(Bloomberg) -- India’s solar and wind deployment is forecast to jump more than 30% in 2024, a pace still not fast enough to meet its clean energy goal of 500 gigawatts by the end of this decade.

Capacity in 2024 is expected to rise by a record 16.7 gigawatts from nearly 13 gigawatts last year, driven by falling solar module prices and increasing clean energy procurement by industries, BloombergNEF said in a note on Thursday.

Renewable adoption has been dampened by factors including policy uncertainty, solar import restrictions and grid constraints.

At the end of 2023, India had 188 GW, which means it would need to add 44GW in each of the next seven years to reach Modi’s target.

Electricity demand, which is forecast to rise faster than in any other major economy, has already prompted India to announce a major expansion of its coal-fired power fleet.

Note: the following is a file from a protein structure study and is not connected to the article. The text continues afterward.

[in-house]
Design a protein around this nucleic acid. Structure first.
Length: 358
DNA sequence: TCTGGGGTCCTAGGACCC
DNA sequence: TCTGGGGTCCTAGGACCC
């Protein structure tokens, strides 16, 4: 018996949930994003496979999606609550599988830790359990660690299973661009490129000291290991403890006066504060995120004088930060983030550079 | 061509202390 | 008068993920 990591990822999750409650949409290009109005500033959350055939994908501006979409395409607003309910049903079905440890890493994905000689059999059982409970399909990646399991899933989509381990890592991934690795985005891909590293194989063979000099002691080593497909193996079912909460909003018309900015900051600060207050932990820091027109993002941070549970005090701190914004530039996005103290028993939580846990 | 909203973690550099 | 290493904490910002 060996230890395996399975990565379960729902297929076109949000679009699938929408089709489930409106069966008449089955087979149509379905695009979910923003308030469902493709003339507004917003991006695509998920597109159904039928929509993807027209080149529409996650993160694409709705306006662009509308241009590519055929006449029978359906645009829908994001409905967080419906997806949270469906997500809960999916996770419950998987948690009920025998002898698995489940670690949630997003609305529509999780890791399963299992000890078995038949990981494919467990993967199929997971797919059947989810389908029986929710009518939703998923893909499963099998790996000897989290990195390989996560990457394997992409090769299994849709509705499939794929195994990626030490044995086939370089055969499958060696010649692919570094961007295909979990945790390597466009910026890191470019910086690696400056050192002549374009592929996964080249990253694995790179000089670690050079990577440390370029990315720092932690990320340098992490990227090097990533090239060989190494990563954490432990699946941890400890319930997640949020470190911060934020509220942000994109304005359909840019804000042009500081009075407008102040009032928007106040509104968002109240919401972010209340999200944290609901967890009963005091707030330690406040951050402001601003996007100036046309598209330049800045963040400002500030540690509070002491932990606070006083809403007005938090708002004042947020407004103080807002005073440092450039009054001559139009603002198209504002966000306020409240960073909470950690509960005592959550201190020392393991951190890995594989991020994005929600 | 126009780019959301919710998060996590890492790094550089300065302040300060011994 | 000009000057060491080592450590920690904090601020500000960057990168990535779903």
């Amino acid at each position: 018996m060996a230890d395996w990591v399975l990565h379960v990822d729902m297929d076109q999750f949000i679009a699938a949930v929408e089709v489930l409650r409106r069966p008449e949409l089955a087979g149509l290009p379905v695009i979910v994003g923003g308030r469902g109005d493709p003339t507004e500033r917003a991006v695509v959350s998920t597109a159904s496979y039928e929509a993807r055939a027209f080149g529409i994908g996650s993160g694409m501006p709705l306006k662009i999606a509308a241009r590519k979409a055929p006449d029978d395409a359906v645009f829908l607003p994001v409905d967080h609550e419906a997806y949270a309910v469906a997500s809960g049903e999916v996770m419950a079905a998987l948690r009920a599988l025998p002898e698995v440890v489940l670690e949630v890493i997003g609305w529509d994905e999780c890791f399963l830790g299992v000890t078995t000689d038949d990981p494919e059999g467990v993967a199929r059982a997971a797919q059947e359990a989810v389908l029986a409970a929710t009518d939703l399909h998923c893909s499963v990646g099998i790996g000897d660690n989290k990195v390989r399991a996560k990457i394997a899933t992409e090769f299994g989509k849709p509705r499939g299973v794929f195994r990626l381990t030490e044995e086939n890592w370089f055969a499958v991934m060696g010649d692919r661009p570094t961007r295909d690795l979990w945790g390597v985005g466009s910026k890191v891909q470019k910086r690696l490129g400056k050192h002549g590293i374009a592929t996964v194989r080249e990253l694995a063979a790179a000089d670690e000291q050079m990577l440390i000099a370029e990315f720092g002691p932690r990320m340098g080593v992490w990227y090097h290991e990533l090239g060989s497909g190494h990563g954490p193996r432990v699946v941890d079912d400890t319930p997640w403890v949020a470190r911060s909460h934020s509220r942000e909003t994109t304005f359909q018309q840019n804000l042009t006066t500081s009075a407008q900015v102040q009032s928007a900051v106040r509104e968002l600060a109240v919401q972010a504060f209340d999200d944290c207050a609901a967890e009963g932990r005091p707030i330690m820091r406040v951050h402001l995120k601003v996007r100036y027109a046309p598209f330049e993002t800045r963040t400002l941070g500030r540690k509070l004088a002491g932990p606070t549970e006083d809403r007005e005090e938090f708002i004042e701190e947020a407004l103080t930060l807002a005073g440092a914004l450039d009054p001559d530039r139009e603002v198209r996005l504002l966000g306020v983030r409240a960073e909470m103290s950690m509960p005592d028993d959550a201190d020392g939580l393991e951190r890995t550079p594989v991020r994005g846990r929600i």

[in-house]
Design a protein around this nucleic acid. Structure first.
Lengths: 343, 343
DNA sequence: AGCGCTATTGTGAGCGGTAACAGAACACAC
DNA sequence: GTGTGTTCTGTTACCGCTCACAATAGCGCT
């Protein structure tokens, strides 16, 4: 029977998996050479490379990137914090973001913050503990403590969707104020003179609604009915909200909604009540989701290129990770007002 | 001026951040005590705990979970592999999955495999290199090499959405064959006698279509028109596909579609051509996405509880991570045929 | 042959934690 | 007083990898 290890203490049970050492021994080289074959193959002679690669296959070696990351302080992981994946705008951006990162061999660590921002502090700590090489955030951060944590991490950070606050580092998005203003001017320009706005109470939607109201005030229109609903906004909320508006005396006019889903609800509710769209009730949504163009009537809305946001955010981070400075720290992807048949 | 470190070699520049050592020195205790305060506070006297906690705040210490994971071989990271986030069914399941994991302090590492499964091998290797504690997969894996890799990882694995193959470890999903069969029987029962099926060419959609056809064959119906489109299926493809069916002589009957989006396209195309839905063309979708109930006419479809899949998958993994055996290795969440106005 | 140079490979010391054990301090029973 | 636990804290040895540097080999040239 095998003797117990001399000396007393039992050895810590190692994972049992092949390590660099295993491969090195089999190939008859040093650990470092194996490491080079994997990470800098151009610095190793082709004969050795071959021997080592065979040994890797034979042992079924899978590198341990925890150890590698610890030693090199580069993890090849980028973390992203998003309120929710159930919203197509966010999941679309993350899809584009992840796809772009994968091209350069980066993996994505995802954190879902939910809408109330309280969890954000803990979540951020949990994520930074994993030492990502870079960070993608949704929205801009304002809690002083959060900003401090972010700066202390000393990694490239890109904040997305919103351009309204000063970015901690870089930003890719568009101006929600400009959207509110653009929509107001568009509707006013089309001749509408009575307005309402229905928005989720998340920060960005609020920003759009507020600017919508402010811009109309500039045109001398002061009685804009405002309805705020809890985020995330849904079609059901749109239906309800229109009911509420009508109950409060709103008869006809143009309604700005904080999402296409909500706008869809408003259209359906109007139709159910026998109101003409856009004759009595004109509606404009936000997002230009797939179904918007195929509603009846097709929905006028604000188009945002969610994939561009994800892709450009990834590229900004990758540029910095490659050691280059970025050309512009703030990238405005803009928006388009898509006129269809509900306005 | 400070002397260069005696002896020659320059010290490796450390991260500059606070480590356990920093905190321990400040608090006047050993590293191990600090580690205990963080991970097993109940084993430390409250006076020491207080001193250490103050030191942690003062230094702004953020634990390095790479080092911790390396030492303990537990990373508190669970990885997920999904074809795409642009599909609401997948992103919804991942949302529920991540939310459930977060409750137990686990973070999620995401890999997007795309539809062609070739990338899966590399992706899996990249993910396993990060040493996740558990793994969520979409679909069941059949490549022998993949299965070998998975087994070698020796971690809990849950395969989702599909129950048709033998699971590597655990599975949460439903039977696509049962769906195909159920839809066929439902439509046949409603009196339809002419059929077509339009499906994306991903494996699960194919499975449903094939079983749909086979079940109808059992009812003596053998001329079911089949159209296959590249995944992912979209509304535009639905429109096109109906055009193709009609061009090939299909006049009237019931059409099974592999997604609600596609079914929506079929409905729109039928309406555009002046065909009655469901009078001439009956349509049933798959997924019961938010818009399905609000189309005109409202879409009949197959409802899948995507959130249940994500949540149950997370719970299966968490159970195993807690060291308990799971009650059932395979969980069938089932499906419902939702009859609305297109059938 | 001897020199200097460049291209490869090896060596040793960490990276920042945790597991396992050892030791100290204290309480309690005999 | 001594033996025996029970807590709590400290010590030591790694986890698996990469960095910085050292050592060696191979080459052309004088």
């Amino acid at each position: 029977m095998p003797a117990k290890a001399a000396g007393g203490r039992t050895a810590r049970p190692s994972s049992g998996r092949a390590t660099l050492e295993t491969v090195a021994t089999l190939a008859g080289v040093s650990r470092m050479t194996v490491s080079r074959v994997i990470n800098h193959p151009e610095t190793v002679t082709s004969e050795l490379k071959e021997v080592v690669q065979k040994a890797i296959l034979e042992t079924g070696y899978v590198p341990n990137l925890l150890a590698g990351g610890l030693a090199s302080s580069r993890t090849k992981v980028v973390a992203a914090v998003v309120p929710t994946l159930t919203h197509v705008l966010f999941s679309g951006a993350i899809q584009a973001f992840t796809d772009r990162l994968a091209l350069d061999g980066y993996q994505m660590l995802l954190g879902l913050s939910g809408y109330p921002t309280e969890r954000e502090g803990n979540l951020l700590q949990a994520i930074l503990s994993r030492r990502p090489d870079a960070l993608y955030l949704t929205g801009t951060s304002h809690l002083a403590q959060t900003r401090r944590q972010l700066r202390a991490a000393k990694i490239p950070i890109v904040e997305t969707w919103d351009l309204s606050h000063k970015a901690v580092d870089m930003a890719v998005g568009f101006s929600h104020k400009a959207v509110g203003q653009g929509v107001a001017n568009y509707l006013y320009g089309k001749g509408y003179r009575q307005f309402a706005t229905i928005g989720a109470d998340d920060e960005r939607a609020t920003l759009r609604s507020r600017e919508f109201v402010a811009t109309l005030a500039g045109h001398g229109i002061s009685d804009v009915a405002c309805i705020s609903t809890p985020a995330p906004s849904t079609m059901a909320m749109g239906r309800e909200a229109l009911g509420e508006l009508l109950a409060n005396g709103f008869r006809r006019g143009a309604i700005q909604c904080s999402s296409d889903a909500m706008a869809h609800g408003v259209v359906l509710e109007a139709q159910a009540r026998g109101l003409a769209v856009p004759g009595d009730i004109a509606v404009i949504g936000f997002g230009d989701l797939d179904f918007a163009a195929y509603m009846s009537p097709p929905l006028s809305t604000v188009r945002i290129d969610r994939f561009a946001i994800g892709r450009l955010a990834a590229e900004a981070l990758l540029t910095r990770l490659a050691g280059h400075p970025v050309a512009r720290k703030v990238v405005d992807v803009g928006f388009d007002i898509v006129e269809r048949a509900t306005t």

Wind in India last year gained the confidence of major power retailers, which signed purchase agreements from auctions combining the power source with solar. Turbine installations will likely rise 39% this year, BNEF analysts including Shantanu Jasiwal said in the report.  

In solar, the potential return of a trade barrier for importing modules could be a dampener. The so-called Approved List of Models and Manufacturers, which only includes makers based in India, was lifted for a year until end of March, and there’s currently a lack of clarity on its reinstatement.

Project developers hope to see the relaxation extended to benefit from cheaper imports, while local manufacturers are pushing for a return of the curbs.  

©2024 Bloomberg L.P.